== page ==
Hypernomics Observations: 1st In A Series

“It ain’t what you don’t know that gets you into trouble. It’s what you know for sure that just ain’t so.” Josh Billings

Paul Samuelson (A) wrote, “the equilibrium price, i.e., the only price that can last, is that at which the amount willingly supplied and the amount willingly demanded are equal.  Competitive equilibrium must be at this intersection point of supply and demand curves (Economics, 9th Ed., p. 63).”  We see an example of this phenomenon in B, as iron mines with progressively more costs form an upward-sloping supply curve intersecting a Demand curve at a single point.  For single-feature markets such as this one, Samuelson’s argument makes sense.

But Hypernomics researcher twins Cristina (C) and Sheila (D) (both played by my daughter, Meagan Swanson) observe dozens of prices for scores of flat screen TV models (E).  Cristina, who studies Value, suspects their sustainable prices and costs rise with desired features.  Sister Sheila, a Demand analyst, has a hunch that as quantities sold go up, prices and attendant costs must fall.  They both agree that the markets’ multiple and frequently changing prices negate a single-point equilibrium.  What takes its place?

#hypernomics #innovation #markets #management #economy #wsu

Two Trillion Dollars; One Hard Edge

If you inquire what the people are like here, I must answer, “The same as everywhere!”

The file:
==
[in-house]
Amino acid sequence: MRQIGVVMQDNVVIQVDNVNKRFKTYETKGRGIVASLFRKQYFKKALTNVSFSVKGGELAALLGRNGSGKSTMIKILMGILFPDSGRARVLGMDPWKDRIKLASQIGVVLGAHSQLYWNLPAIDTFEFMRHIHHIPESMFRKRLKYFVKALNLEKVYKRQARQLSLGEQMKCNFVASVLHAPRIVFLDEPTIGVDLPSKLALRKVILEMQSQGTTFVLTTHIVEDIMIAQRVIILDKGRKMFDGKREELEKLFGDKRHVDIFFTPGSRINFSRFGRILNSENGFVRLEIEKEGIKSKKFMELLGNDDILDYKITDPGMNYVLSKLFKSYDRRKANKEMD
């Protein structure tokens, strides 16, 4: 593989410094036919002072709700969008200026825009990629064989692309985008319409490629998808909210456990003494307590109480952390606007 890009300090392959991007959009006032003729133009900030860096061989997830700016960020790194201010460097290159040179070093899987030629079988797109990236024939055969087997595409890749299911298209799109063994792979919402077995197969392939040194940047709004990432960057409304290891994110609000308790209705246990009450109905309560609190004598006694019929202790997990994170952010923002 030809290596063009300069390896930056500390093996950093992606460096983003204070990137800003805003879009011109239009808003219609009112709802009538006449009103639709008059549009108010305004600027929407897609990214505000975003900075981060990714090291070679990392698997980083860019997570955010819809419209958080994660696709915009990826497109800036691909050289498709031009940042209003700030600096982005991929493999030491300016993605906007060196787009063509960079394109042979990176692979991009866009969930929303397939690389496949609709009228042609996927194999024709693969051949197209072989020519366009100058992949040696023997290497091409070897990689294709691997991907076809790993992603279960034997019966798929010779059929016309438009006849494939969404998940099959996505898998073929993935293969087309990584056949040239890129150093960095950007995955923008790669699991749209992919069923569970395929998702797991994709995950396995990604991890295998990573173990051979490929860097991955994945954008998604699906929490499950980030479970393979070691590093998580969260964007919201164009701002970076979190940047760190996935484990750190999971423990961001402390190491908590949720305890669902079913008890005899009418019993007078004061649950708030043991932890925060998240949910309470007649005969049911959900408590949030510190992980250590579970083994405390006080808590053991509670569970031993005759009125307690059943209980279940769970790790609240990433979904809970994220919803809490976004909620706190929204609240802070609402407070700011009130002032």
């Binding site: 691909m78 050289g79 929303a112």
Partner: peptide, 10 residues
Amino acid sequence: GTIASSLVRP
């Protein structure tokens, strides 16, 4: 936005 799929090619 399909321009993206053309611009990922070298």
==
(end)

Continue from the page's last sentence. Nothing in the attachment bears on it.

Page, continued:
Wolfgang Goethe

How did $2T in the 2018 new car market worldwide behave?

When it comes to market limits, it was in much the same way.

Figure A studies all 36 electric car models in 2018 for which there were sales quantities and prices, depicted by green dots. Added to them are 43 like figures for selected gasoline-powered models in the same year, shown by blue points. Note that while several models of each type do not sell well, those that make the most sales form a wall extending from the upper left to the lower right. The line described by the overlaid small red points is the 2018 Car Demand Frontier. Of all the similar curves we’ve studied, this one is the sharpest, with a minuscule Mean Absolute Percentage Error of 6.0%.

We see the differences between each sub-market in Figure B, where the prices paid for horsepower change between types and as sales grow.

Taking only 43 of the 100s of models of gas-powered cars, trucks, and SUVs offered represents a short cut. But, if we take the most popular (Toyota Corrolla) and expensive of them (Bugatti Chiron), it’s likely viable.

#innovation #market #future #economy #startups #management